Finally, the last pillar corresponds to the man-machine interface. Even with a very fine sorting, one or several important deviations do not necessarily announce a serious failure. Before presenting the anomalies to the user, the deviations are aggregated by the turbine and a list of potential failures is automatically generated. This list is based on a Failure Mode and Effects Analysis (FMEA) performed with turbine and maintenance experts. The control room analyst can then sort the list, modify the severity scale of the entries, comment on the anomalies and generate intervention requests for the technical teams (Figure 3).

on-site-interventions

In order to keep track of all the information of the maintenance process, each anomaly included in the intervention report must be closed later by the control room manager, specifying the failure found on site by the teams as well as the corrective task performed. This information is saved and then used in a feedback loop to re-train the algorithms, reduce the error rate and increase the accuracy of the diagnosis.

Forty anticipated failures in one year

After a promising test phase, the software tool was put into operation in the BKW control room and is now continuously monitoring more than 200 turbines in Italy, Germany, France, and Switzerland. Since mid-2020, about 40 failures have been anticipated, which has made it possible to avoid production losses and increase the availability of facilities. The failures identified (Figure 4) cover a wide spectrum: minor problems such as contaminated filters, defective fans, insufficient bearing grease, but also medium-sized failures such as defective thermostatic valves in gearboxes, or major failures such as defective generator bearings or large holes or scratches in gearbox transmission elements.

detected-by-algorythms-failures

The involvement of technicians is essential

Various technical and organizational factors are essential for the successful implementation of a predictive maintenance strategy for distributed energy systems. The main technical criterion motivating forward-looking maintenance is the increase in availability achieved through the detection of anomalies in relation to an “until failure” strategy, whether for wind turbines, solar panels, or batteries. Involving maintenance technicians constitutes the main essential element from an organizational point of view. As the continuous improvement of the tool relies on a feedback loop aimed at collecting as much information as possible on the repairs carried out, technicians are an indispensable link in the chain. They must therefore be convinced of the value of this solution and of the importance of their feedback. Thus, the tool will not be perceived as an administrative constraint, but rather as an intervention and decision-making aid in order to guarantee optimal performance of the assets.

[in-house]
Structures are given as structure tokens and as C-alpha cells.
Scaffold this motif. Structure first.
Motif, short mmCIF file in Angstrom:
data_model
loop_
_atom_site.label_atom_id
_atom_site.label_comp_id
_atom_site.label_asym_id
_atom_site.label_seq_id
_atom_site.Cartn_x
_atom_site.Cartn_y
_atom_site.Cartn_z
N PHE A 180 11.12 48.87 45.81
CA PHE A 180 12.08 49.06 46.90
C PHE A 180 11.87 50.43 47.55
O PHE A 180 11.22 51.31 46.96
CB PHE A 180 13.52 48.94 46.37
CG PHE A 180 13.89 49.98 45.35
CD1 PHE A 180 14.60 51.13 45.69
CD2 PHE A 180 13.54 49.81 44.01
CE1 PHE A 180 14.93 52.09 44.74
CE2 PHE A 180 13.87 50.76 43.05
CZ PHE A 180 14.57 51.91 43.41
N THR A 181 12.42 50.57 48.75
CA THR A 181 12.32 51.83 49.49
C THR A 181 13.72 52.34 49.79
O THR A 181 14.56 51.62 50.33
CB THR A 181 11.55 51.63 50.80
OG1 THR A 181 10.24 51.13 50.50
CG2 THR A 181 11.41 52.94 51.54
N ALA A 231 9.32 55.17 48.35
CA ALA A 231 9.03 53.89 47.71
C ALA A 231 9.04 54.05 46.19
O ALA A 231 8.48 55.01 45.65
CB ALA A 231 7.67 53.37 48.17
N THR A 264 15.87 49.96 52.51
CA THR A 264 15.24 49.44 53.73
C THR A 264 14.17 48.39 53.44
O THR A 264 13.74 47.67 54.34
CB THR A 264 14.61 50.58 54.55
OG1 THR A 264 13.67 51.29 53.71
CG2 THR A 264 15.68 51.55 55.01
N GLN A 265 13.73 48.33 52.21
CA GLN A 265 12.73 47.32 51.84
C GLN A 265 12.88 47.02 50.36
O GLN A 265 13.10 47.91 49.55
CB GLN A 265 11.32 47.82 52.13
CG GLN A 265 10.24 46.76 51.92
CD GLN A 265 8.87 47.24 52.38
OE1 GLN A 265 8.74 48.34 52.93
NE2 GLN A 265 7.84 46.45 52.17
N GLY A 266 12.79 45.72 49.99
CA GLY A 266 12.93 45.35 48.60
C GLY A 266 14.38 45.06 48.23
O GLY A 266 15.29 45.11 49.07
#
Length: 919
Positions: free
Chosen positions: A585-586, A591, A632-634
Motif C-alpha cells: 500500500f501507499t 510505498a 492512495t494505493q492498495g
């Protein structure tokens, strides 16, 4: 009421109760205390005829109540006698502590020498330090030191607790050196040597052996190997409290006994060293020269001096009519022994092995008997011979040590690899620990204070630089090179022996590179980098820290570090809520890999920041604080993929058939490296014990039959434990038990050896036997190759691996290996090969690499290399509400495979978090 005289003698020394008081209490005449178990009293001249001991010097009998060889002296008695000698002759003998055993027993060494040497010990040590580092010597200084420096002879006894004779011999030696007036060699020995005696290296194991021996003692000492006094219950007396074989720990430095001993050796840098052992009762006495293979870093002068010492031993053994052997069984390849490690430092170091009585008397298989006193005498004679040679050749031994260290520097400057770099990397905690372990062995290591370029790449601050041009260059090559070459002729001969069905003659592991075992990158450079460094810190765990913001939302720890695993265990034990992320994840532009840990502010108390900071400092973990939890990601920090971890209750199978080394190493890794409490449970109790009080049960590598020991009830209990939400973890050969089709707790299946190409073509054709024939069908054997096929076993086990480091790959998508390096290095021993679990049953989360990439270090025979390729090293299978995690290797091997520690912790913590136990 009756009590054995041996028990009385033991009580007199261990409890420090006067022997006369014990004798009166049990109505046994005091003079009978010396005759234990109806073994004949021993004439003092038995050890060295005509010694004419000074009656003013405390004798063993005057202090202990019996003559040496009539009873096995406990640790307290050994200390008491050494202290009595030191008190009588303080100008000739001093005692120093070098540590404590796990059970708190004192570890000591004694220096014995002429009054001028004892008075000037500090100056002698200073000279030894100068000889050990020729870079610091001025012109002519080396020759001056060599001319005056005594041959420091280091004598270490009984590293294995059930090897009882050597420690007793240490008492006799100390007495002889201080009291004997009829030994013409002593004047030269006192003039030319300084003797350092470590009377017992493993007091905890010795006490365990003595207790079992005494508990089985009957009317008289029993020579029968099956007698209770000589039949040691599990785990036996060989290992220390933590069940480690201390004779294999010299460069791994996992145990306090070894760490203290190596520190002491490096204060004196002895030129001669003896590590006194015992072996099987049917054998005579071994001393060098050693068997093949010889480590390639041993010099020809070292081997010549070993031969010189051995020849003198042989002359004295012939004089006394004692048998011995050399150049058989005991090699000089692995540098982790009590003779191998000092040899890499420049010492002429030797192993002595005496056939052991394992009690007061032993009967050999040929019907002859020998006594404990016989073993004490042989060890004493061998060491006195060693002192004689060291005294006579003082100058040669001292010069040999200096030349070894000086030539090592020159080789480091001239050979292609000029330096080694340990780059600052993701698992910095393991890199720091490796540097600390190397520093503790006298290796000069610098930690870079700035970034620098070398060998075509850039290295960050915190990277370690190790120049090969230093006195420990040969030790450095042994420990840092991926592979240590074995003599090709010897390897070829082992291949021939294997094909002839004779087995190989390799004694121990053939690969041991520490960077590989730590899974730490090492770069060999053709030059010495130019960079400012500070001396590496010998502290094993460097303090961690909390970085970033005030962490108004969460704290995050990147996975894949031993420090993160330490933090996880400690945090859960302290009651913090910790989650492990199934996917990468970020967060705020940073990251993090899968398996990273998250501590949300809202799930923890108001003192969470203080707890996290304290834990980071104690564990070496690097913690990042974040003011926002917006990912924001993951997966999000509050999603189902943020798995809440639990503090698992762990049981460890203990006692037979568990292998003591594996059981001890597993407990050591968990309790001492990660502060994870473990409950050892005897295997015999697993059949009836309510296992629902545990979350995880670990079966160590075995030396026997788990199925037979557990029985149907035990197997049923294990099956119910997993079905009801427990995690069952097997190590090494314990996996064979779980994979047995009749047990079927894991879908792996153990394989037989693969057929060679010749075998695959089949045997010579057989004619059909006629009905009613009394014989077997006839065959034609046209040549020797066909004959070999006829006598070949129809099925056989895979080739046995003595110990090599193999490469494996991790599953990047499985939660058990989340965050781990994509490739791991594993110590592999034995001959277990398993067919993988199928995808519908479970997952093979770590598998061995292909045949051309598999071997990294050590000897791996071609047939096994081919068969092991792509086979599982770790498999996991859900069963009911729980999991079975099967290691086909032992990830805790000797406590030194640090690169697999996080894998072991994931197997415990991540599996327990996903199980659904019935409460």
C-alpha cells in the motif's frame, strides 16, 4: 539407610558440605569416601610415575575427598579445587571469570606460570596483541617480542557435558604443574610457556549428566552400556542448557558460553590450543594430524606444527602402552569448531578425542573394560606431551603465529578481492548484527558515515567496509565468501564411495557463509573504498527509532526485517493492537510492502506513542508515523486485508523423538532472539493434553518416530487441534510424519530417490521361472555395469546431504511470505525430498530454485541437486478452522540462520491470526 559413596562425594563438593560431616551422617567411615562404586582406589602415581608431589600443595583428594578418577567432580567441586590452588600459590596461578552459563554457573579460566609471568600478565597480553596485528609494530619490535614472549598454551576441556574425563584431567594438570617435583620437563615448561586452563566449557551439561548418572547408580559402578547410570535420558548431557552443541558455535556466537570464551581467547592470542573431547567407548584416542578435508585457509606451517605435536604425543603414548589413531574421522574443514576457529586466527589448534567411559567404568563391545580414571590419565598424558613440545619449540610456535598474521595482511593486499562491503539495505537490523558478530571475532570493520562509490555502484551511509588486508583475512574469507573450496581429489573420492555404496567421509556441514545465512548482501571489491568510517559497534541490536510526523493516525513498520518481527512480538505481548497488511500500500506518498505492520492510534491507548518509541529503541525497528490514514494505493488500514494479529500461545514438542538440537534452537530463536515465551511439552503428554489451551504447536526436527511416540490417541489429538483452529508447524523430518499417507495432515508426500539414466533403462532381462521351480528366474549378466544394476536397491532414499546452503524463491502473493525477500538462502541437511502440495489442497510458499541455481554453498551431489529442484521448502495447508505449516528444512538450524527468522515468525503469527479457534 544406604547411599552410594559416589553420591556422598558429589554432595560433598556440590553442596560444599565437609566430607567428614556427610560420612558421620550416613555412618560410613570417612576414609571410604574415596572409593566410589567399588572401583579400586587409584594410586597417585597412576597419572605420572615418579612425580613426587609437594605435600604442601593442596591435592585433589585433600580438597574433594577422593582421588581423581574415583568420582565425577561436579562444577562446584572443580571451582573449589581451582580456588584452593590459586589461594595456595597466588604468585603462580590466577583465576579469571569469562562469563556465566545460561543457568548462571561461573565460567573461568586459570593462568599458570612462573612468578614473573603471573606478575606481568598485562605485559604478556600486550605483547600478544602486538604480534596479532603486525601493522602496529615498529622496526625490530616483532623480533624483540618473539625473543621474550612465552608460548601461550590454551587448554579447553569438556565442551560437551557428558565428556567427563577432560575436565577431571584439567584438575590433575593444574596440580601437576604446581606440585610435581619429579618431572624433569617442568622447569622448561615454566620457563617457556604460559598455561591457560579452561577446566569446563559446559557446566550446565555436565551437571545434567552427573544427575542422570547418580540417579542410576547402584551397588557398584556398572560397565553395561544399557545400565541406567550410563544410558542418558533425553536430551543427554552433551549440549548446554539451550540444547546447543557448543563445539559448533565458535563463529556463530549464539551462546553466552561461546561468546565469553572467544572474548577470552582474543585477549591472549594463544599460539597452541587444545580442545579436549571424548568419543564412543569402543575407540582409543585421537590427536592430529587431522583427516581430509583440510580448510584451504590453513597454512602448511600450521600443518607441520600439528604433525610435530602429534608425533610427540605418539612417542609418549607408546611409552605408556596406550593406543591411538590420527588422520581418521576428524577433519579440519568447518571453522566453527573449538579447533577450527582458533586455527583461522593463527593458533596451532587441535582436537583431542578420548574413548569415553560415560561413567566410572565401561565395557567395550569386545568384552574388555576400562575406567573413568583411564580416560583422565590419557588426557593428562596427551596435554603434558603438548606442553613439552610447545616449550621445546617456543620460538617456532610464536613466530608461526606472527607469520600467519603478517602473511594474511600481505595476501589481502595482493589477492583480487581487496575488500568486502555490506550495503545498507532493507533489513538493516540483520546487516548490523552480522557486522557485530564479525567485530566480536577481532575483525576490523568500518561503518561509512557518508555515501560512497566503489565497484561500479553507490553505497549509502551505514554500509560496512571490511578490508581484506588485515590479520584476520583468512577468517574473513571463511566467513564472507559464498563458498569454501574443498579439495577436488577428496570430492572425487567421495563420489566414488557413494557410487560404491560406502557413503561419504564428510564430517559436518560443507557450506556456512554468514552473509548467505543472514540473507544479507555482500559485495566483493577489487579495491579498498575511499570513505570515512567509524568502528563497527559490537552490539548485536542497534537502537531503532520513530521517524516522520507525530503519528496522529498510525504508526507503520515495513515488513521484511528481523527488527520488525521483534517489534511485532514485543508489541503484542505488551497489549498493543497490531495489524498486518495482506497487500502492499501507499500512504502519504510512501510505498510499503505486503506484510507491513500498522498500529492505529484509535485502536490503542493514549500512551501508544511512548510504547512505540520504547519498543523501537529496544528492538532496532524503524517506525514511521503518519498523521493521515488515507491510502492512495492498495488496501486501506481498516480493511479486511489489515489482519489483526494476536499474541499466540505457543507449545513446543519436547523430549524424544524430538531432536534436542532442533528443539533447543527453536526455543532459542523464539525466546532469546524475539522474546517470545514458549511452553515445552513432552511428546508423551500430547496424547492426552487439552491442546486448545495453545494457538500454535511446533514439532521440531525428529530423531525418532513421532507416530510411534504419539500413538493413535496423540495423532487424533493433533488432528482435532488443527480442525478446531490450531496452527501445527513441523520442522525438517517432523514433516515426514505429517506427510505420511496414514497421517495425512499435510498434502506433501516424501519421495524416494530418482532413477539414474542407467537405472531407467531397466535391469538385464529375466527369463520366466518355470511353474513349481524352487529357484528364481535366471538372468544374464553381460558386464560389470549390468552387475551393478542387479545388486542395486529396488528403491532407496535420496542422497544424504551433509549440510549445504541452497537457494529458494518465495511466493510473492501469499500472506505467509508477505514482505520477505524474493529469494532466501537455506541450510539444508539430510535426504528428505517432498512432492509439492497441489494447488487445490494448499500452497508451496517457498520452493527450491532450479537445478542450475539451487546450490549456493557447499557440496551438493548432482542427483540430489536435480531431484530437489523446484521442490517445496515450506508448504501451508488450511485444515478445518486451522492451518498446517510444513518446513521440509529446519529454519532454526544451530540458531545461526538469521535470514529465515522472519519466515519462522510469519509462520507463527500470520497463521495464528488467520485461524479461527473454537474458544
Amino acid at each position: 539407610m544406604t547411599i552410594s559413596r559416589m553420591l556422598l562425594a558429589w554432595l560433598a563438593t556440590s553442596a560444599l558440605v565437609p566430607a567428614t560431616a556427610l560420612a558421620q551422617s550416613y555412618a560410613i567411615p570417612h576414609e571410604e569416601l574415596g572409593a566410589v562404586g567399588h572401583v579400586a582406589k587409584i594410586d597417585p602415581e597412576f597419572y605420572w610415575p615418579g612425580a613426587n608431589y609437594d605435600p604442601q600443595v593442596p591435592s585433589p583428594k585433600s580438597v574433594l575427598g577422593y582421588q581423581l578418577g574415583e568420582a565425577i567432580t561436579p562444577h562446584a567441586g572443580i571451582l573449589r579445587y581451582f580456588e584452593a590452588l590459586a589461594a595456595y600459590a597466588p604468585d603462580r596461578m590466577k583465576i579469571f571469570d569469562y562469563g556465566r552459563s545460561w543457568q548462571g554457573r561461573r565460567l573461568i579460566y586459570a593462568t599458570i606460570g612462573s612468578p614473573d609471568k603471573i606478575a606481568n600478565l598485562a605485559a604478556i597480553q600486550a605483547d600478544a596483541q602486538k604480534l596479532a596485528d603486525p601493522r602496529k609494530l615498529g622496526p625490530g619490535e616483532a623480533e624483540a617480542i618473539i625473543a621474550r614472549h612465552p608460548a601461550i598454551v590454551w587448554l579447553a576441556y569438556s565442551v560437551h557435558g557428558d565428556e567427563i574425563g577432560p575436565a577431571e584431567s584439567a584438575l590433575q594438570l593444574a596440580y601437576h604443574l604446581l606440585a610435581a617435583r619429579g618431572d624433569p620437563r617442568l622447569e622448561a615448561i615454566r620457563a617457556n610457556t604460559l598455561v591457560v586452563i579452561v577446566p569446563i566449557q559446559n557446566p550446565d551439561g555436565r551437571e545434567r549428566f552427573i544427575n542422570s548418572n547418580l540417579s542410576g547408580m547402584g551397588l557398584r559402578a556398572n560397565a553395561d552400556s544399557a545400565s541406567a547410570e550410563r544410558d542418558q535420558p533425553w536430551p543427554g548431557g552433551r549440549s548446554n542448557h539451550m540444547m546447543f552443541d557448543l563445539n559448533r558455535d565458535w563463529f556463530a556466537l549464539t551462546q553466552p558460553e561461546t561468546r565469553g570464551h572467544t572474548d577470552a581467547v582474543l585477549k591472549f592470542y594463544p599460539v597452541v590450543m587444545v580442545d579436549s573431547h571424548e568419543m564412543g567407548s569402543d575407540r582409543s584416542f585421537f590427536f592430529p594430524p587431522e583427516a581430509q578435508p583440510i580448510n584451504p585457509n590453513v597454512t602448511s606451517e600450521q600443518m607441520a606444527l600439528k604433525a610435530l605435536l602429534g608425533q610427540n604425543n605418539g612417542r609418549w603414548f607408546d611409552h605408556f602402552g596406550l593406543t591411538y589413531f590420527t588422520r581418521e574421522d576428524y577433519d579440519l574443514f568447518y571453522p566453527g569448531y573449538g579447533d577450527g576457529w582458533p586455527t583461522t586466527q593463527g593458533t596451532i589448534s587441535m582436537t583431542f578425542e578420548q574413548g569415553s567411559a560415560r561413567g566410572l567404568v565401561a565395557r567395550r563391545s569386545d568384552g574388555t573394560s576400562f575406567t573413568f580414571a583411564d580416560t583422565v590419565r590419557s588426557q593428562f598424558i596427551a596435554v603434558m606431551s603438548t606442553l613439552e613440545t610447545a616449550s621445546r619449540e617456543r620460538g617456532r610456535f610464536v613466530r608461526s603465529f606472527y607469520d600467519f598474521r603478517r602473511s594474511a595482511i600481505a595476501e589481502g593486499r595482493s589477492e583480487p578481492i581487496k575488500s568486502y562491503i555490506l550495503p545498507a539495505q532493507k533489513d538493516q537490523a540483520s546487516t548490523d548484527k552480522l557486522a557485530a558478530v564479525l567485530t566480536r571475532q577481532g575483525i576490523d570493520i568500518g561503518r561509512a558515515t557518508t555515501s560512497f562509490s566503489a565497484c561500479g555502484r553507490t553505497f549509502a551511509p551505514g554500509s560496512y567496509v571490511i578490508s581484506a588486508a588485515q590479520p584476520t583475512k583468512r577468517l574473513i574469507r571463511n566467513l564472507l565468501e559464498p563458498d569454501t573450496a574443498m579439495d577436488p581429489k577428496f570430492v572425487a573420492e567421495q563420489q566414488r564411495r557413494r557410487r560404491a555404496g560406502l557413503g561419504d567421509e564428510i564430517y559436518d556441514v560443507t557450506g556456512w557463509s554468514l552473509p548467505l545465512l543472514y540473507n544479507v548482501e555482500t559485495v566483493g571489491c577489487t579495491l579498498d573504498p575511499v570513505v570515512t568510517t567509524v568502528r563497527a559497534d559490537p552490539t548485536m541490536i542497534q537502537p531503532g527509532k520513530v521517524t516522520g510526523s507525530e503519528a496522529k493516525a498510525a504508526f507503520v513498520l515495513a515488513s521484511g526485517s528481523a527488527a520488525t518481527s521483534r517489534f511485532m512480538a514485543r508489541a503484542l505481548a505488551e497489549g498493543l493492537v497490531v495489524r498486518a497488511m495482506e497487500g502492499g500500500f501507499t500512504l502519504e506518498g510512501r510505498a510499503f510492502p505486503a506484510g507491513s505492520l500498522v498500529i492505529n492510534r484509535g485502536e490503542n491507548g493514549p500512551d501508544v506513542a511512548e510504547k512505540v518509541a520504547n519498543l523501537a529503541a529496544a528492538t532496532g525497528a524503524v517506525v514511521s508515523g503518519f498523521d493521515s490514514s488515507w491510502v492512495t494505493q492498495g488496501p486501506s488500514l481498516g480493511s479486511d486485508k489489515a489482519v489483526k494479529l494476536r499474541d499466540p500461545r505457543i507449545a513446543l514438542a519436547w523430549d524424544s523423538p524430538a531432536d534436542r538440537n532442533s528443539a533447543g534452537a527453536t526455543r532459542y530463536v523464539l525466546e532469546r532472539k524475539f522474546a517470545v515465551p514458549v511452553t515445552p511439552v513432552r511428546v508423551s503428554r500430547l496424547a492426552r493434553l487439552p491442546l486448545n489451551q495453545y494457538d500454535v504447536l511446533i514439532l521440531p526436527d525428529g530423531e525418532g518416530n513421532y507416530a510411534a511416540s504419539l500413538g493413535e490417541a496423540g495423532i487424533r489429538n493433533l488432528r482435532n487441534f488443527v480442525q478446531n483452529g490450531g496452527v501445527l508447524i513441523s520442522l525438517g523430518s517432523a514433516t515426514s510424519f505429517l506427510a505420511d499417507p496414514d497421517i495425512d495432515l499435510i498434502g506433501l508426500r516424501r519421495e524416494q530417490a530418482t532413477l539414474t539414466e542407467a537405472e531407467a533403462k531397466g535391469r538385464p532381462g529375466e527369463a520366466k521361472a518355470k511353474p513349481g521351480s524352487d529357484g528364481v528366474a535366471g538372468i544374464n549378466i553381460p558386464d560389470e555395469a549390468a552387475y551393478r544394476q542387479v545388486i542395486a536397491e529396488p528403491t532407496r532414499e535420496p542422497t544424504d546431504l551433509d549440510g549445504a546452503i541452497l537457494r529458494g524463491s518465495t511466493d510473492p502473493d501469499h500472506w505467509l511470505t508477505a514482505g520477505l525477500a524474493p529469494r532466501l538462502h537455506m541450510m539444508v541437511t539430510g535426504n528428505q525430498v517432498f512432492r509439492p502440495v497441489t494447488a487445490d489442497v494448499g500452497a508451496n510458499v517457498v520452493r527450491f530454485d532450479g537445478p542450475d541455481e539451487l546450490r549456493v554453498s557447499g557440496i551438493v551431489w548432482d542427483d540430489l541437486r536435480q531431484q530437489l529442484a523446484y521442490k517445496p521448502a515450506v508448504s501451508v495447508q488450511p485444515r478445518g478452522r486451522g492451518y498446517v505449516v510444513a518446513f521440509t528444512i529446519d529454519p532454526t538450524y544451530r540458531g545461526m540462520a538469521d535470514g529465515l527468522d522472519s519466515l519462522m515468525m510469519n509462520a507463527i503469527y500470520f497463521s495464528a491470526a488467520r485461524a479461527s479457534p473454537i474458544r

References:

  • [1] National Energy Technology Laboratory, «Electric Power System Asset Optimization», NETL Report, US Department of Energy, 2011.
  • [2] Norme NF EN 13306:2001 «Terminologie de la maintenance», 2001.
  • [3] P. Tchakoua, R. Wamkeue, M. Ouhrouche, F. Slaoui-Hasnaoui, T. A. Tameghe, G. Ekemb, «Wind Turbine Condition Monitoring: State-of-the-Art Review, New Trends, and Future Challenges», Energies 2014, 7(4), pp. 2595-2630, 2014.
  • [4] K. Fischer, F. Besnard, L. Bertling, «Reliability-Centered Maintenance for Wind Turbines Based on Statistical Analysis and Practical Experience», IEEE Transactions on Energy Conversion, Vol. 27, no. 1, pp. 184-195, March 2012.
  • [5] I. Goodfellow, Y. Bengio, A. Courville, Deep learning, The MIT Press, 2016, ISBN: 0262035618.

Acknowledgments

The authors would like to thank the following collaborators from the various European subsidiaries of the BKW group for the valuable feedback and sharing their expertise on wind technologies: Arthur Chevalier, Francesco Piersanti, Michele Cacciacarro, Frank Krause, Danilo Grande, Giuseppe Zazzera, Gianpasquale Gambacorta, and Alejandro Sampedro Senen.